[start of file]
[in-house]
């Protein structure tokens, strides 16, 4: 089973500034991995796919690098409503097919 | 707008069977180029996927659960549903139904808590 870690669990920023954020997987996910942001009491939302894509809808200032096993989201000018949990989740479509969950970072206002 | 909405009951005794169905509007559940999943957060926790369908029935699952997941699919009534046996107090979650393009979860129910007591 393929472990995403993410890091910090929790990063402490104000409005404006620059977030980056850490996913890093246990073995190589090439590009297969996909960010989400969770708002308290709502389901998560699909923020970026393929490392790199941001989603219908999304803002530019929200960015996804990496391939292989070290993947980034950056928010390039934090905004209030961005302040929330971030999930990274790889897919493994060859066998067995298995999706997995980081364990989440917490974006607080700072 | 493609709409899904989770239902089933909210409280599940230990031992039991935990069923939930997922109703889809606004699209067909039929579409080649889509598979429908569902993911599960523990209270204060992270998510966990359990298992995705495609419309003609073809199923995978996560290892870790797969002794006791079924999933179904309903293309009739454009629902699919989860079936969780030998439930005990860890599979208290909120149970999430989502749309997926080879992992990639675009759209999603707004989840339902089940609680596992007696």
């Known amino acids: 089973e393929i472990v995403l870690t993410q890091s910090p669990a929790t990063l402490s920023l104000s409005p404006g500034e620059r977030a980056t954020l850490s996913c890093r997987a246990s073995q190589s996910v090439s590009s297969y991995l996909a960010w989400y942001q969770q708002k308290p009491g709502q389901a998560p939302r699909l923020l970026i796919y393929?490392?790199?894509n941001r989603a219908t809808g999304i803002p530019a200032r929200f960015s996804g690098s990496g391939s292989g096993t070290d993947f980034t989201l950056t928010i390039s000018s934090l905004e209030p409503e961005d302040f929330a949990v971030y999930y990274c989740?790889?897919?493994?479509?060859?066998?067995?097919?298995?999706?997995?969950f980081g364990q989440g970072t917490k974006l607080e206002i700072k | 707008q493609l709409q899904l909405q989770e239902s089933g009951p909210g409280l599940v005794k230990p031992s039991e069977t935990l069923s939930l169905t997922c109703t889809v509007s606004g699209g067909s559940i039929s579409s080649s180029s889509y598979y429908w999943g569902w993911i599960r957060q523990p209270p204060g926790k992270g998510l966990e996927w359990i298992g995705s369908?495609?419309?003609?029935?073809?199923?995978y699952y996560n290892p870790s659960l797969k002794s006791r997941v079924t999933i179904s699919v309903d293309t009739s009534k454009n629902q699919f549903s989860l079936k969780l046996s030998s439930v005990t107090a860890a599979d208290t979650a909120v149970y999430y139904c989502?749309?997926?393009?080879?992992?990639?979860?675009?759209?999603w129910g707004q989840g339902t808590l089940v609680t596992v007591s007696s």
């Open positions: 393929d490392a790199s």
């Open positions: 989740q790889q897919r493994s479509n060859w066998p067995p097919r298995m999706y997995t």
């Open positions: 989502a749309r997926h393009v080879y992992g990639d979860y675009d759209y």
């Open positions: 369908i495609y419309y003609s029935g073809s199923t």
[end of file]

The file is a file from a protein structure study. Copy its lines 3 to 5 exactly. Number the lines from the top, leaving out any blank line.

């Known amino acids: 089973e393929i472990v995403l870690t993410q890091s910090p669990a929790t990063l402490s920023l104000s409005p404006g500034e620059r977030a980056t954020l850490s996913c890093r997987a246990s073995q190589s996910v090439s590009s297969y991995l996909a960010w989400y942001q969770q708002k308290p009491g709502q389901a998560p939302r699909l923020l970026i796919y393929?490392?790199?894509n941001r989603a219908t809808g999304i803002p530019a200032r929200f960015s996804g690098s990496g391939s292989g096993t070290d993947f980034t989201l950056t928010i390039s000018s934090l905004e209030p409503e961005d302040f929330a949990v971030y999930y990274c989740?790889?897919?493994?479509?060859?066998?067995?097919?298995?999706?997995?969950f980081g364990q989440g970072t917490k974006l607080e206002i700072k | 707008q493609l709409q899904l909405q989770e239902s089933g009951p909210g409280l599940v005794k230990p031992s039991e069977t935990l069923s939930l169905t997922c109703t889809v509007s606004g699209g067909s559940i039929s579409s080649s180029s889509y598979y429908w999943g569902w993911i599960r957060q523990p209270p204060g926790k992270g998510l966990e996927w359990i298992g995705s369908?495609?419309?003609?029935?073809?199923?995978y699952y996560n290892p870790s659960l797969k002794s006791r997941v079924t999933i179904s699919v309903d293309t009739s009534k454009n629902q699919f549903s989860l079936k969780l046996s030998s439930v005990t107090a860890a599979d208290t979650a909120v149970y999430y139904c989502?749309?997926?393009?080879?992992?990639?979860?675009?759209?999603w129910g707004q989840g339902t808590l089940v609680t596992v007591s007696s």
């Open positions: 393929d490392a790199s």
């Open positions: 989740q790889q897919r493994s479509n060859w066998p067995p097919r298995m999706y997995t």